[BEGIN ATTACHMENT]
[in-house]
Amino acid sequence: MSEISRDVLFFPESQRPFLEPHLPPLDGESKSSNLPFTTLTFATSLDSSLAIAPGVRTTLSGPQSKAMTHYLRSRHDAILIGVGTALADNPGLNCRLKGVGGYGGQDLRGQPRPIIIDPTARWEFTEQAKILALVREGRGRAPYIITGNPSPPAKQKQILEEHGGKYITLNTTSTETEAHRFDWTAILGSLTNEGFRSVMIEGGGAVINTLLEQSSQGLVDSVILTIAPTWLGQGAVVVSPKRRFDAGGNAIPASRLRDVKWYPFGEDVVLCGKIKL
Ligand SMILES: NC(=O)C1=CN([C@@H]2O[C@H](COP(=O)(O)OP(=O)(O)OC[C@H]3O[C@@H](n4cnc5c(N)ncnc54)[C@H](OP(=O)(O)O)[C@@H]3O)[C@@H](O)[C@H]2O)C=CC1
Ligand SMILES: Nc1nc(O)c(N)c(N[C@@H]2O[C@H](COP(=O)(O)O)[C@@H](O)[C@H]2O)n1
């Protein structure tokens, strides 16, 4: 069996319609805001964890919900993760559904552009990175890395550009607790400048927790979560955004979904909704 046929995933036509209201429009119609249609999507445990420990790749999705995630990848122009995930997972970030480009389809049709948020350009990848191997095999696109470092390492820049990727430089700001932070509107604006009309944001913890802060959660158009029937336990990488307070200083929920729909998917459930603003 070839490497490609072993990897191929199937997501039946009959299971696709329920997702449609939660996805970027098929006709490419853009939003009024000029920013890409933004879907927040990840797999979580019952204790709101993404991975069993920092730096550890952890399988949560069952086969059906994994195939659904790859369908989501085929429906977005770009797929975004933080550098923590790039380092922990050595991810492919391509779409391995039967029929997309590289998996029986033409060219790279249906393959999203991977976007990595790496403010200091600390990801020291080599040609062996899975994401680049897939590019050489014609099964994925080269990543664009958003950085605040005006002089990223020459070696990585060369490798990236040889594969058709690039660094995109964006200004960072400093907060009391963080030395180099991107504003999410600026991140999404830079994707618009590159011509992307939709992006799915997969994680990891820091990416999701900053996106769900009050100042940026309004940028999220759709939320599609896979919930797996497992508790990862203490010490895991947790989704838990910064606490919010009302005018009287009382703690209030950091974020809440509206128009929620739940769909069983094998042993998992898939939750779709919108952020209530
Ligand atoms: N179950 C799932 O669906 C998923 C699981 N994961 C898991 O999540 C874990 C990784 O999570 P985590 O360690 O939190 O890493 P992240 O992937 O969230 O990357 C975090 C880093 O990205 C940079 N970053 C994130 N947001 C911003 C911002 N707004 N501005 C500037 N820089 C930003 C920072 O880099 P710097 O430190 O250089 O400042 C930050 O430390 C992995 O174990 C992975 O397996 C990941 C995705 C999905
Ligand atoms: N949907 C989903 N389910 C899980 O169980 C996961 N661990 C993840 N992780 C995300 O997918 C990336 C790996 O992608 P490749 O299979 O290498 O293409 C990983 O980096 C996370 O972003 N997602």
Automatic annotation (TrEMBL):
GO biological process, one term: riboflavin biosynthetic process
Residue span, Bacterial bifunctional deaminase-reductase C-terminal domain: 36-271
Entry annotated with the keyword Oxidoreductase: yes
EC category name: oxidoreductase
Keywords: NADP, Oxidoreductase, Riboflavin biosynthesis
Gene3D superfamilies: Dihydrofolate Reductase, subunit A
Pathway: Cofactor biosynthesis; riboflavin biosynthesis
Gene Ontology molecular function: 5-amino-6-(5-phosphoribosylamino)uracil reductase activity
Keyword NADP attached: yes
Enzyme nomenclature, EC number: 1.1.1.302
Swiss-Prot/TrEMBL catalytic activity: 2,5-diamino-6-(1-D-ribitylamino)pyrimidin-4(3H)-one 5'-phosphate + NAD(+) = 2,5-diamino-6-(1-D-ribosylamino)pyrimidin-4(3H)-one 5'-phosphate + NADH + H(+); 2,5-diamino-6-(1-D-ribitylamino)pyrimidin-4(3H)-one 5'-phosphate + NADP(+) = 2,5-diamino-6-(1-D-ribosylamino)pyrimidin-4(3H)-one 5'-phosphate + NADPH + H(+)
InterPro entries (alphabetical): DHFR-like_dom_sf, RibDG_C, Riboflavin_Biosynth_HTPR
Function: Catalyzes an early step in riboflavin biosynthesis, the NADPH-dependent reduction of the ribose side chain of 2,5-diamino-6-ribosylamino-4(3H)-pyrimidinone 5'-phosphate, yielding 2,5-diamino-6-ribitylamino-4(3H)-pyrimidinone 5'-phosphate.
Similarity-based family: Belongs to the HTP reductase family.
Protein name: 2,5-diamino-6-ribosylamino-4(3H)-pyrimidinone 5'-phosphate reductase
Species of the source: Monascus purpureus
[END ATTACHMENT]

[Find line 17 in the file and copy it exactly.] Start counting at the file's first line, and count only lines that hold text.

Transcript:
Keyword NADP attached: yes